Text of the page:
Today we’re discussing a topic that’s near and dear to my heart — editing. I worked as an editor for about five years at my last job. It was an enlightening, character-building experience.
Working as an editor forced me to become a fine-print-reading, attention-to-detail guy. It made me a more curious reader and thorough writer. It also made me more aware of the immense marketing value polished editing can contribute to any organization. Editing enhances your image, builds credibility, and establishes authority. It shows attention to detail, promotes professionalism, and communicates a commitment to excellence.
On the other hand, a lack of editing can be disastrous for your bottom line.
Editing is one of those things that’s easy to take for granted; it’s admittedly abstract, hard to measure, or pin down. What’s the ROI on catching a horrific typo before it gets tweeted out? How much revenue is a typo-free, erudite website responsible for? Hard to say.
Editing is an artform — albeit a thankless, often overlooked one. It’s no small task to make copy pop and sentences sizzle. Sure, editing copy takes longer and requires more resources, but much like hand-hewn craftsmanship, the end product is usually higher quality, sturdier, and more appealing.
That said, you probably don’t have a full-time editor on staff. Which means the task of editing often falls to you. If that’s the case, fear not! We’re not talking rocket science here. But editing is an important facet of marketing, and something that requires practice (and patience).
With that in mind, let’s talk some editing pointers and basics. We’ll start with the three Cs of editing — making things clear, concise, and compelling.
Making Things Clear
When it comes to writing, clarity is king. The main thrust of editing, in my book, is to state things as clearly as possible in a pleasing manner. Worst case scenario is causing confusion, conveying the wrong message, or turning people off with clunky messaging.
Proofreading is certainly a big portion of this. You need to read, re-read, read it out loud, read it on different devices, and maybe even read it backwards. Then, after a while, read it again.
Wrack your brain for ways to simplify what’s being said in the clearest possible language. Stay on top of common grammar mistakes we all make. If a sentence seems at all confusing, rework it. Cut out cliches and jargon; err on the side of simplicity.
Making Things Concise
We’ve talked here recently about how humans are increasingly scanners — especially when reading online. Long sentences, rambling paragraphs, and extraneous words need to be cut. Sometimes entire paragraphs need to be trimmed, condensed, or deleted altogether. Sharp, snappy, short blocks of copy, bold letters, bullet points … this is what the people want.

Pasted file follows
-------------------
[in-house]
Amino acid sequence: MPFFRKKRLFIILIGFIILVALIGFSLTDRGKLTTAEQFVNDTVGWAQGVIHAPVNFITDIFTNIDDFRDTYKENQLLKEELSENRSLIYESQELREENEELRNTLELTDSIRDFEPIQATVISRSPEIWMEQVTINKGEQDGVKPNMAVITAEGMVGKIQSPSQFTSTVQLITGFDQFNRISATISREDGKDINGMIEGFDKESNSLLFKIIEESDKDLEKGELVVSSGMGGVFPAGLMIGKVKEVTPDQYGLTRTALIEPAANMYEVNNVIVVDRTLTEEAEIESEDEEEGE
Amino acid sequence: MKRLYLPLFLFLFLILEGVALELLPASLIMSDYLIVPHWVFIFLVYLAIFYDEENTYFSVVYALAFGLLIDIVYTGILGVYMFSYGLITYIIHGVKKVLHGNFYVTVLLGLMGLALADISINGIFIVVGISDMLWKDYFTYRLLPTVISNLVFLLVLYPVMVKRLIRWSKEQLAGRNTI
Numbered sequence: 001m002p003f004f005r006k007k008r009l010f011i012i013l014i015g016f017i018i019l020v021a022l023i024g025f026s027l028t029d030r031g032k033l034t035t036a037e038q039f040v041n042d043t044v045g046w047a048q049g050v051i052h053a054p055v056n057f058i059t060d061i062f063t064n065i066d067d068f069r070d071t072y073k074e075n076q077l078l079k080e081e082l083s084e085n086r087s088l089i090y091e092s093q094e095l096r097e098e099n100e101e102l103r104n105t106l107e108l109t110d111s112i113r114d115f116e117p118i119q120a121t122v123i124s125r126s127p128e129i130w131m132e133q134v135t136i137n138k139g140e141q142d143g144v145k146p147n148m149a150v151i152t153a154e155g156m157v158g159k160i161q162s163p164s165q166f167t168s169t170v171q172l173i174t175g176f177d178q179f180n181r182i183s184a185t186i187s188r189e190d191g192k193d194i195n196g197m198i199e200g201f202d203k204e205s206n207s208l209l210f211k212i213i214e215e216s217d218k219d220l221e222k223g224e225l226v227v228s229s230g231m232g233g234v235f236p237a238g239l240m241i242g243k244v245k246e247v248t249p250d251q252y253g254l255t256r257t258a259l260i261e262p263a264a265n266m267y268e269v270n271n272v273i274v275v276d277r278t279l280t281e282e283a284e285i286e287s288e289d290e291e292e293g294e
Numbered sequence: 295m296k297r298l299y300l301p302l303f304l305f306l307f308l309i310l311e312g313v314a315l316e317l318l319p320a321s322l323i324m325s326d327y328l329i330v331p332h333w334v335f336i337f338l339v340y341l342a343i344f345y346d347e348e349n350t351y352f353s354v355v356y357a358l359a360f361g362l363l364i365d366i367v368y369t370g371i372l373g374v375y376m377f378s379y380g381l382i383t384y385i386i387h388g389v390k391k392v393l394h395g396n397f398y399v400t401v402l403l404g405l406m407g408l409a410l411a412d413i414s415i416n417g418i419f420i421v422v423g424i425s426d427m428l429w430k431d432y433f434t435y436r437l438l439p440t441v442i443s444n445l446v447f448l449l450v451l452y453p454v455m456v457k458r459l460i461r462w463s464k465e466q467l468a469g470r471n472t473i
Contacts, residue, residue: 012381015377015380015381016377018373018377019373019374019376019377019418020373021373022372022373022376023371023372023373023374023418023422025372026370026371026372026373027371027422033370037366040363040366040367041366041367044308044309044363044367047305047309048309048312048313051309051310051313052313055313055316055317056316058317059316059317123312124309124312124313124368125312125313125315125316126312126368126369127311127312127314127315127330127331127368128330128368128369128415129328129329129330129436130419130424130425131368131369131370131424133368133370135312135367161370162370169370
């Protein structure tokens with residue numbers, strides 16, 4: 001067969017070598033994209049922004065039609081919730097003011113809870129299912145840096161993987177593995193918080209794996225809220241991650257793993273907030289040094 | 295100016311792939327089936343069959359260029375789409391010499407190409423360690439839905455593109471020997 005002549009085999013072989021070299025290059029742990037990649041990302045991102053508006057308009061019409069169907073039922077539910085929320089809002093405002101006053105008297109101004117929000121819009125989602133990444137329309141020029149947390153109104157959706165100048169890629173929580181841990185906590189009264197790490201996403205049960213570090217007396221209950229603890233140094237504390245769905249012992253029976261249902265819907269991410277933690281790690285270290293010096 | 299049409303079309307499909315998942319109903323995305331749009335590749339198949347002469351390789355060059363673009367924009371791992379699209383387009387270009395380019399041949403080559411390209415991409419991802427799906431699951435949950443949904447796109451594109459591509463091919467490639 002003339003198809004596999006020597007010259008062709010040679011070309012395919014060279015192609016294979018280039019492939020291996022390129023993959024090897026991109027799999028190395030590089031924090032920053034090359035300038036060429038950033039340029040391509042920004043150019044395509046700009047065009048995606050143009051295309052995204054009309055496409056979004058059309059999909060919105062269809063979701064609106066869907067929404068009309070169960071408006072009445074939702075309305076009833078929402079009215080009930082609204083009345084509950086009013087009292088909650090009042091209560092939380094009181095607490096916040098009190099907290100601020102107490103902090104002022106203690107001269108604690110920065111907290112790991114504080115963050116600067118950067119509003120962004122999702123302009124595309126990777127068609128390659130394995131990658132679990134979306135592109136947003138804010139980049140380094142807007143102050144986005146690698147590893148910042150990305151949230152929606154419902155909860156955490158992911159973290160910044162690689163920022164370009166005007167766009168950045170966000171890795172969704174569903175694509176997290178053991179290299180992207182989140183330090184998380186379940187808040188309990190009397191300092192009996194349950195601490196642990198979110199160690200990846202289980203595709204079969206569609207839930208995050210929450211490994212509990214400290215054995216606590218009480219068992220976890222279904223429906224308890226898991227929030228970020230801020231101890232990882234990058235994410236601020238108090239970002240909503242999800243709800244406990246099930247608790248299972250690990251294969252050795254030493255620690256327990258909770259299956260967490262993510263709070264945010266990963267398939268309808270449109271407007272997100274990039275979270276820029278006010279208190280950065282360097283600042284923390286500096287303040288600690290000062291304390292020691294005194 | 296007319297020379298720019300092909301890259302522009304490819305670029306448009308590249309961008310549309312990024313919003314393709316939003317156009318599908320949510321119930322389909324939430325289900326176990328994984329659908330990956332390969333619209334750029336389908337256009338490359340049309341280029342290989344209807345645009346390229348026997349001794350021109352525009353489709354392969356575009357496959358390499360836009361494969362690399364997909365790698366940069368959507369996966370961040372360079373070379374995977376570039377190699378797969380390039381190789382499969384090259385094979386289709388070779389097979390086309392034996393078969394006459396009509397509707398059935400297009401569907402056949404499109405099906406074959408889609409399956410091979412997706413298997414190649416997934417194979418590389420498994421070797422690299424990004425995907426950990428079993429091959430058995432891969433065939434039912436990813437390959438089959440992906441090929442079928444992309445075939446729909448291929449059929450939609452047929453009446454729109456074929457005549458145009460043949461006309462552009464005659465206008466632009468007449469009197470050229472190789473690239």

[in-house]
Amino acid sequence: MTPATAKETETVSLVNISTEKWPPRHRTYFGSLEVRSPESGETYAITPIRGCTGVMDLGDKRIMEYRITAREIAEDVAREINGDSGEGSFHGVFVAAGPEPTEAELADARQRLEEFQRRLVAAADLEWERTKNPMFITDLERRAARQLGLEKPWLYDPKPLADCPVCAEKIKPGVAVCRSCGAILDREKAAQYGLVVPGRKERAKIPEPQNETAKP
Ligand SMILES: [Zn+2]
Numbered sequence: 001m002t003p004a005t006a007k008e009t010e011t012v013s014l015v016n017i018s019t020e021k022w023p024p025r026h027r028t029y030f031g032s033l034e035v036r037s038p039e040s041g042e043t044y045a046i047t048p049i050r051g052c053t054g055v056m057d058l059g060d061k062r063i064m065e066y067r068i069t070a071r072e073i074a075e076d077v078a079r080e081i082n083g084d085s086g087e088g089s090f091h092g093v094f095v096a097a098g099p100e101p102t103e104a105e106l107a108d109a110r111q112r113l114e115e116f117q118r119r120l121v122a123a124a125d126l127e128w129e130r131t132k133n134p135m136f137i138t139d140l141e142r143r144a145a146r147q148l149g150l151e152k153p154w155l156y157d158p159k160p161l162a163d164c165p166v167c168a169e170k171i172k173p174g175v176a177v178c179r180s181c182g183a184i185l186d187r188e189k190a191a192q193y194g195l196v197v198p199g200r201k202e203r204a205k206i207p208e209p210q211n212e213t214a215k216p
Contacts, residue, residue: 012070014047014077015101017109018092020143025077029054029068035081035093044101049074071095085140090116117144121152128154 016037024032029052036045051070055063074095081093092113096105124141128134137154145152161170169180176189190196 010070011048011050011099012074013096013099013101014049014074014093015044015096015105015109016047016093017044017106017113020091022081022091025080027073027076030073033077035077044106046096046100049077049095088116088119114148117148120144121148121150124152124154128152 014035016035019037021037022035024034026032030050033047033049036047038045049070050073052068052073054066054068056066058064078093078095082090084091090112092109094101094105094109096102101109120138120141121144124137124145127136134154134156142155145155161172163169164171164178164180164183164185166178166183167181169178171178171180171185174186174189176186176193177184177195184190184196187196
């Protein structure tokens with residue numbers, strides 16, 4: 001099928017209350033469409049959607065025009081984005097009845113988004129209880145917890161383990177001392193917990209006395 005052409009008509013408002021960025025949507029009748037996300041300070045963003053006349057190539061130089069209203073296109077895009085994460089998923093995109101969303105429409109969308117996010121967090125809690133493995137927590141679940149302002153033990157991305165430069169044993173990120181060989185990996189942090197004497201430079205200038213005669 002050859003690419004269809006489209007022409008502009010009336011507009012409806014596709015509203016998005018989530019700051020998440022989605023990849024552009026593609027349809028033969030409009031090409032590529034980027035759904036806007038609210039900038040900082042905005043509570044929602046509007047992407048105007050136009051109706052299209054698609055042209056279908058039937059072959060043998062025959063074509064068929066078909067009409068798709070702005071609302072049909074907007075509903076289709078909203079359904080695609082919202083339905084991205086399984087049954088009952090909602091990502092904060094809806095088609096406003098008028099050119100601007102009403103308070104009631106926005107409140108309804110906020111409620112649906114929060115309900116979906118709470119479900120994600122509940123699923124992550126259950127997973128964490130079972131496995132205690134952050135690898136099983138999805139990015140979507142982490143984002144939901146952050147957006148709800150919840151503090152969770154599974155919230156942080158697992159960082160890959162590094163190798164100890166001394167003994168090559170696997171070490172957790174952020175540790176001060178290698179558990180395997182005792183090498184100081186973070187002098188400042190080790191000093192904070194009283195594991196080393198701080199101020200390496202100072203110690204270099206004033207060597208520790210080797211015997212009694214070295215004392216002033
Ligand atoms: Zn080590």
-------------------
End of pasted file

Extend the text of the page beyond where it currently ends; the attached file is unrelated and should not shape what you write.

Don’t be shy to cut words, or to turn long sentences (30+ words) into two. You mustn’t be afraid to ‘kill your darlings,’ as Faulkner said. One study found that shorter copy got 100% more clickthroughs than its longer-winded counterpart. It’s the world in which we live.
Concise is better for you (less to proof!) and generally better for your busy clientele. Get to the point, with clear, compact calls to action.
Making Things Compelling
No doubt the trickiest of the Cs, turning copy into something compelling is no joke. There are no silver bullet magic tricks here, as different people find different things compelling. But a good start is to make the focus of your content not so much about you, but about your customer. Some other ways to catapult toward something compelling:
- Be mindful about word selection. Replace boring words with spicier, livelier ones.
- Mix up the cadence of sentences.
- Sprinkle in different punctuation! Add dramatic pauses — they are swell.
- Use graphics as much as possible, as ‘people following directions with text and illustrations do 323% better than people following directions without illustrations.’
- Read stuff that inspires you.
- See what others do to create compelling content.
- Inject humor or a bit of lighthearted human emotion when appropriate.
- Solicit ideas from your colleagues and clients.
- Provide useful information.
Of course compelling content is also clear and concise. These three Cs of editing are inextricably linked.
The trick is learning — through hard work, trial and error, and practice — how to combine all three. Just like any other craft, editing requires repetition, proactive learning, and effort. It’s not glamorous, there’s certainly nothing sexy about it, but I guarantee becoming a better editor will make you a better marketer.
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